“I have amazing gaydar.”
It’s an odd brag that many people hear on a frequent basis, especially on American University’s campus considering its large LGBTQ+ population.
It can be difficult to tell whether “gaydar,” especially coming from straight peers, is driven by true facts or just harmful stereotypes.
For the LGBTQ+ community, how does “gaydar” help or hurt the community? Is “gaydar” different for queer people, and can it create a sense of belonging? These are all questions that the term “gaydar” brings to the surface of what is typically seen as a nonchalant joke, when in reality, it can have much deeper meanings and suggestions.
Combining “gay” with “radar,” “gaydar” is a slang term that many people use to define their abilities to point out whether someone is gay or straight. The spectrum of sexuality is more extensive than merely gay or straight, which leaves out a large population of people who identify as any term under the queer umbrella, such as bisexual, pansexual, queer and more. Not only may this mislabel a person, but it also applies common stereotypes of gay people which may be harmful.
While some of these generalizations may seem meaningless, such as the stereotypes that gay men like shopping or are more feminine, or that lesbians are either butch or femme, they can normalize generalizing people and their identities. Stereotyping can range from these seemingly harmless beliefs to the idea that LGBTQ+ people are a threat or “unpure,” which is what creates the notion of them in general so harmful.
Studies show that stereotypes such as those that are reinforced by “gaydar” can affect a person’s career, treatment from their friends and family, their physical safety and what people expect from them. Additionally, it deprives people of their own individuality and identities when they are narrowed down into someone else’s perception of who they are based on their sexuality.
Depriving people of this individuality perpetuates extremely harmful myths that LGBTQ+ people are not pure or that they are not complex human beings. This statement is entirely untrue, however, over time, these stereotypes may become all that many think of them as– the way that they fill a box.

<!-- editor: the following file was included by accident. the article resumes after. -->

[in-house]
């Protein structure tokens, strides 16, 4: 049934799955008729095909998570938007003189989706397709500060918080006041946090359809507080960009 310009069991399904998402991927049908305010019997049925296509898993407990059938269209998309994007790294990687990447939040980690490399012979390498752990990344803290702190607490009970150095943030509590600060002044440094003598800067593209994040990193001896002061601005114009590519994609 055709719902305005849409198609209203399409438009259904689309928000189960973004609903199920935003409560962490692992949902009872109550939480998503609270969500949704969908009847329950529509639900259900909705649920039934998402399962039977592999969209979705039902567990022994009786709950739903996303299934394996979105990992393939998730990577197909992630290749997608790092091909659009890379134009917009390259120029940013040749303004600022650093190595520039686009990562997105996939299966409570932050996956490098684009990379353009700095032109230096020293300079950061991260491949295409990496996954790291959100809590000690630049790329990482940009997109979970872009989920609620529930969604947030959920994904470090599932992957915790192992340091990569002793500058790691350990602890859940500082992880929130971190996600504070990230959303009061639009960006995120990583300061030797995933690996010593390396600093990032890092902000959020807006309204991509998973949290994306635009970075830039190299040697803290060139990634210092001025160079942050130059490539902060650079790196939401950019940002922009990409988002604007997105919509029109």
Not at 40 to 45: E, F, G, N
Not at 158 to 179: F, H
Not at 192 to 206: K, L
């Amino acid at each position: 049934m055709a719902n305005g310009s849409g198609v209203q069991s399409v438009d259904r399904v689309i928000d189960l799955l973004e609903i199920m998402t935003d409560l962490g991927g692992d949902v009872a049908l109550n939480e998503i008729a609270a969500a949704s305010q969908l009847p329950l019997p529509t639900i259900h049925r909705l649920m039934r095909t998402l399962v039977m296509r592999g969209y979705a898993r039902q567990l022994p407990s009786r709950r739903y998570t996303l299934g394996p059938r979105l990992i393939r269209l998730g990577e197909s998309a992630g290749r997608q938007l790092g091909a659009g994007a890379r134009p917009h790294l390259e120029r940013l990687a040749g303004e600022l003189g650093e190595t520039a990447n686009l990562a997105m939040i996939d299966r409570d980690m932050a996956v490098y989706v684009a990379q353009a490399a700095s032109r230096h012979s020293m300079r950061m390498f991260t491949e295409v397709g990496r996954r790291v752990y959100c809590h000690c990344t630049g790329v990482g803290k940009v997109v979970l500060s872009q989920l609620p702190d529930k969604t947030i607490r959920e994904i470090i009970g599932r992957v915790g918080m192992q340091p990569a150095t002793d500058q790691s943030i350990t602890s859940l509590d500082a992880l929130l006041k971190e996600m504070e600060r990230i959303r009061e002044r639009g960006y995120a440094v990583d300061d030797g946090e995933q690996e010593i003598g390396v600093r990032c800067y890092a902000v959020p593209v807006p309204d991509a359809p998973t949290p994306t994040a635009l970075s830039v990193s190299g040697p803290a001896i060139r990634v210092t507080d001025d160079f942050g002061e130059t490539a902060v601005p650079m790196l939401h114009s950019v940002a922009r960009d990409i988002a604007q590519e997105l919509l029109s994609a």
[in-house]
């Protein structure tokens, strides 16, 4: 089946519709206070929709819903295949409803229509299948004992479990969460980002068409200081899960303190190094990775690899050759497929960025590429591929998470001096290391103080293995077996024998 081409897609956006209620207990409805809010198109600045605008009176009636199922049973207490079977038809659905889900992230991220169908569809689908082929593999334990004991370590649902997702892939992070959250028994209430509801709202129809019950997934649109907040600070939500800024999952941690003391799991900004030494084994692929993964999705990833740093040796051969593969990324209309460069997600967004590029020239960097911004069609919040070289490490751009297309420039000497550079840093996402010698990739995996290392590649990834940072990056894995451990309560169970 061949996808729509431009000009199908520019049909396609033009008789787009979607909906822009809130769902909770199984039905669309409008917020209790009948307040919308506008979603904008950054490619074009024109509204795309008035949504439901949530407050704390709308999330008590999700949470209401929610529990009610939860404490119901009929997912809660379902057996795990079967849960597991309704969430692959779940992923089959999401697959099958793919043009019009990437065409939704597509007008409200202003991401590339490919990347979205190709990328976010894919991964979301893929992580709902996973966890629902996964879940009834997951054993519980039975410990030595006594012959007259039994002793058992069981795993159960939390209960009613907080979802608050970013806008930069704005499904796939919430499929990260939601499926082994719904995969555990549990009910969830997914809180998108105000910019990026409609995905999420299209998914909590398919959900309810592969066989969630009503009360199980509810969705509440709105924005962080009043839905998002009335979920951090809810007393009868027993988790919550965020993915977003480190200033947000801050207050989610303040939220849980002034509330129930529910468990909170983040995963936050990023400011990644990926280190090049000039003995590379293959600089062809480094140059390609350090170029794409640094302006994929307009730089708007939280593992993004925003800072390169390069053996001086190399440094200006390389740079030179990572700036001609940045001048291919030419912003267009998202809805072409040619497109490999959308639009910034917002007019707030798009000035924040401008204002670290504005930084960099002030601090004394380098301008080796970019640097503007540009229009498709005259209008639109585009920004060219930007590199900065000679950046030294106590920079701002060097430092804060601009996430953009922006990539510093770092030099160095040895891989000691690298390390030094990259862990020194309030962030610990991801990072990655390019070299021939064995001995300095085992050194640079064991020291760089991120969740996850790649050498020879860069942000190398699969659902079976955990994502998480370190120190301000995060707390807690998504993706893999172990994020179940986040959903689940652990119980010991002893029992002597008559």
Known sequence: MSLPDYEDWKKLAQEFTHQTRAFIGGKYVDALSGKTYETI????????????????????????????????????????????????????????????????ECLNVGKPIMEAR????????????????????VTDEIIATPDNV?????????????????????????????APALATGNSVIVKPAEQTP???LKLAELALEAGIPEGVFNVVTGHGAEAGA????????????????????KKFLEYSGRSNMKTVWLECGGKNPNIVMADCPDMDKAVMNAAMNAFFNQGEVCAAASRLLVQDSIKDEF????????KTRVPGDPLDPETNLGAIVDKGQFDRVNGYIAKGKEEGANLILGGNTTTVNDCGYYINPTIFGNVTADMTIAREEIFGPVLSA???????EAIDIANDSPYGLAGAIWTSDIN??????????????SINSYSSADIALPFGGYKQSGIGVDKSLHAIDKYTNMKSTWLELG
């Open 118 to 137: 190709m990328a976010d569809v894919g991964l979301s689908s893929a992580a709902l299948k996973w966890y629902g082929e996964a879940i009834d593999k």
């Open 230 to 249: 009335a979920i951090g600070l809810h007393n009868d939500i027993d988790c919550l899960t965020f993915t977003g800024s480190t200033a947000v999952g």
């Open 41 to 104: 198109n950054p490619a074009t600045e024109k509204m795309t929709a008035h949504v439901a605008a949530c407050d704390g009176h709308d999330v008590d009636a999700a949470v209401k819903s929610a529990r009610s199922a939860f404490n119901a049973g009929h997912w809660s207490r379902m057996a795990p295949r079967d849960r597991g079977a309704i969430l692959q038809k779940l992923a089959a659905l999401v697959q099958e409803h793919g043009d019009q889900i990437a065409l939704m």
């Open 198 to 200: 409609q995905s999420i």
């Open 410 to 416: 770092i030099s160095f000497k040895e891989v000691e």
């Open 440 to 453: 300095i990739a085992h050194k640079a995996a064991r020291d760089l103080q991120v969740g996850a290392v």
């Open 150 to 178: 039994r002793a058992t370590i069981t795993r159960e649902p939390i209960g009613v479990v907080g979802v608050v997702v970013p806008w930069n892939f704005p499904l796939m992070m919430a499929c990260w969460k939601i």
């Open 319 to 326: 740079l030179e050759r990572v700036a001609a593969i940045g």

In a study, participants in three different groups were told one of three things: that “gaydar” was scientifically accurate, that there was no evidence to prove that “gaydar” was scientifically accurate or a control group that was told nothing about gaydar. Participants were asked based on social media profiles including appearance and interests whether men were gay or straight.
Those who were told “gaydar” is an accurate term stereotyped much more than those who were told that “gaydar” is just a form of stereotyping. This suggests that “gaydar” simply allows people to hide their stereotyping under a different term without consequence.
While society seemingly progresses, technology may be regressing our thoughts in terms of stereotyping and “gaydar.” Changes in facial recognition programs claim that in the near future, artificial intelligence may be able to distinguish between gay people and straight people.
This has received fierce backlash from LGBTQ+ organizations for many reasons. Not only can this artificial intelligence be harmful in stereotyping, but it can also be exclusionary in mislabeling transgender people who may have facial features that would be more identifiable by a computer program as the gender they were assigned at birth. This can cause gender dysphoria, and affects people’s career prospects because of prejudice within the workforce and hiring world.
There are many reasons that “gaydar” can be described as stereotyping, but some queer people may feel that the commonalities described by “gaydar” are unifying and provide a sense of belonging.
For example, if someone dresses or acts a certain way that is commonly associated with a certain sexuality, it can create a feeling of belonging to a community and a way to bond over common interests. This is especially helpful with the experience of coming out which is often daunting and isolating. The sense of belonging through common queer experiences can make someone feel welcomed and unified with a group.
Similarly, it can be helpful in finding other queer people to bond with. While these stereotypes are still stereotypes when they are thought of by queer people, the internalizations of these stereotypes create a nuanced culture– one that goes beyond femme or butch and men in feminine clothing.
LGBTQ+ culture, while a basis of stereotypes, also allows people to be part of something larger than the way someone acts or dresses. Many queer people have common experiences, including coming out and a delayed love life, but also positive, joyful euphoria of what it means to be queer and to be with someone that they are truly attracted to rather than someone who they are expcted to be attracted to.
“Gaydar” creates stereotypes, but it can also be seen as a part of community and culture. The harm that it can produce creates a lack of individuality, but within the LGBTQ+ community, the stereotypes that “gaydar” is based on can be used as a unifying experience for many. Queer culture goes beyond these stereotypes, giving people something to identify with, rather than something to be identified by.